• Unknown-4And After the Fire by Lauren Belfer (HarperCollins, 2016)
  • In 40 words or less: A secret J.S. Bach manuscript, hidden from inception due to inflammatory lyrics, passes from generation to generation, finally landing in a German home at WWII’s end. Grabbed then hidden by a Jewish GI, its uncovering after his death raises many questions.
  • Genre: Fiction with strong historical elements
  • Locale: Prussia, Germany, USA
  • Time: 1776 – 2010
  • Read this for a generation-crossing novel, interweaving music, faith and family secrets.

First, a caveat. If you are a classical music purist, J.S. Bach fan or musicologist, the literary device Belfer employs throughout the book may drive you crazy.

Susanna Kessler has had a very bad year. After the collapse of her marriage, she takes solace in her work for a family foundation and her new apartment on the grounds of a church. Her beloved Uncle Henry dies, leaving her to settle his estate. When doing so, she comes upon a folder with cursory notes, containing what appears to be a manuscript of a work by Johann Sebastian Bach, dated 1783. The lyrics accompanying the music are virulently anti-Semitic.

Belfer then takes the reader back to 1776 and the family of Daniel Itzig, important banker and advisor to the King of Prussia. Itzig’s family holds a unique position in Berlin society, particularly for Jews. Martin Luther’s beliefs are taking hold, creating new levels of acrimony towards Jews.

Sara Itzig was an accomplished pianist, under the tutelage of one of J.S. Bach’s sons. Upon her marriage, her teacher gives her his prized possession, an unpublished manuscript by his father. Grateful for the gift but appalled by the lyrics, she and her husband vow to keep it hidden. Sara continues her interest in music and culture, performing on piano and hosting salons. Never having children, she bestows her attention on her nieces and nephews.

To her chagrin, Sara’s sister and brother-in-law decide to convert to Christianity to better their position. One of Sara’s nieces marries the son of Moses Mendelssohn, the philosopher, and is the mother of Felix Mendelsohn, the composer. The manuscript is carefully hidden and then passed along for safe keeping within the family. The generations of the Itzig family, their connections and interests, seem to be consistent with history.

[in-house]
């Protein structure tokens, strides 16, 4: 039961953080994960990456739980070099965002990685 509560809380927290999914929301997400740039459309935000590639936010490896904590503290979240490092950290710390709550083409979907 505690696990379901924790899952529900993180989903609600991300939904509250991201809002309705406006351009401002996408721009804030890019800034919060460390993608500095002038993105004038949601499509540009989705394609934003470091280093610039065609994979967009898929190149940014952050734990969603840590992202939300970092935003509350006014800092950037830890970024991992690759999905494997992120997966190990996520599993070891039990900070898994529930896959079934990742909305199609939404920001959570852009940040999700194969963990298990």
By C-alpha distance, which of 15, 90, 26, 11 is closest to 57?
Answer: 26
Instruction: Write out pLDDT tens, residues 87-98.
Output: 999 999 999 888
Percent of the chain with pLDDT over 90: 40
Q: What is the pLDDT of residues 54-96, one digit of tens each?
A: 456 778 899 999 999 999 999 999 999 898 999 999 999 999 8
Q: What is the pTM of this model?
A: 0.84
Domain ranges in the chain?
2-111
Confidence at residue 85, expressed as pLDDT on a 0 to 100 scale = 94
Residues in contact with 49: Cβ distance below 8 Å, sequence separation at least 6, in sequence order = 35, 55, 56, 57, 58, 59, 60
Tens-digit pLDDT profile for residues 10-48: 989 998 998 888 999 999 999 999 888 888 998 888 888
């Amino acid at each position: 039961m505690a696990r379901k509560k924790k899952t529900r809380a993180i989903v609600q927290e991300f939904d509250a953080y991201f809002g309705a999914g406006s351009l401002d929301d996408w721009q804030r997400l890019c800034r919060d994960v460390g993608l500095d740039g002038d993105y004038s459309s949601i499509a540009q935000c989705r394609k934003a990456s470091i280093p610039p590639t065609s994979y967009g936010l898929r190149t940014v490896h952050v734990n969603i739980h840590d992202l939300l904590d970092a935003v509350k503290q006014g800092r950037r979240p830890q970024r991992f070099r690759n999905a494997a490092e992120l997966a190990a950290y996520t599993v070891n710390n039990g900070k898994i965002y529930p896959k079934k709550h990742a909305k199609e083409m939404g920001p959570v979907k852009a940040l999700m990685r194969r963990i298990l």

When Susanna discovers the manuscript, she realizes the importance of authentication and the publicity surrounding, and potential adverse reaction to,  its content. Susanna seeks out Dan, a history of music scholar at a Lutheran college, who is suffering a personal crisis. Intrigued by the possibility, he brings in a colleague from a private library to assist in the authentication. Both vie for Susanna’s attention, eventually protecting her from an intellectually predatory scholar.

In authenticating the work, Susanna travels to Germany to meet Dan at a conference. There she is confronted with lingering anti-Semitism. At Dan’s conference, a musicologist/theologian is arrested for war crimes. The threads of anti-Semitism are not left to the document alone.

Belfer pulls her story together like a complex multi-colored knitting project. Throughout, she adds complicating elements for each character’s story that are unnecessary to moving the plot forward.  A common thread among many of the characters is a crisis or betrayal of faith.

Despite Belfer’s periodic tangents, this is an engaging novel, more for the cultural history of Prussia and Germany than the specifics of J.S. Bach or his purported composition. When an author explicitly creates a fictitious device in an accurate historical context, it is important that the reader is able to suspend belief. For those who can do so, ‘And After the Fire’ is a fascinating story with much material for discussion.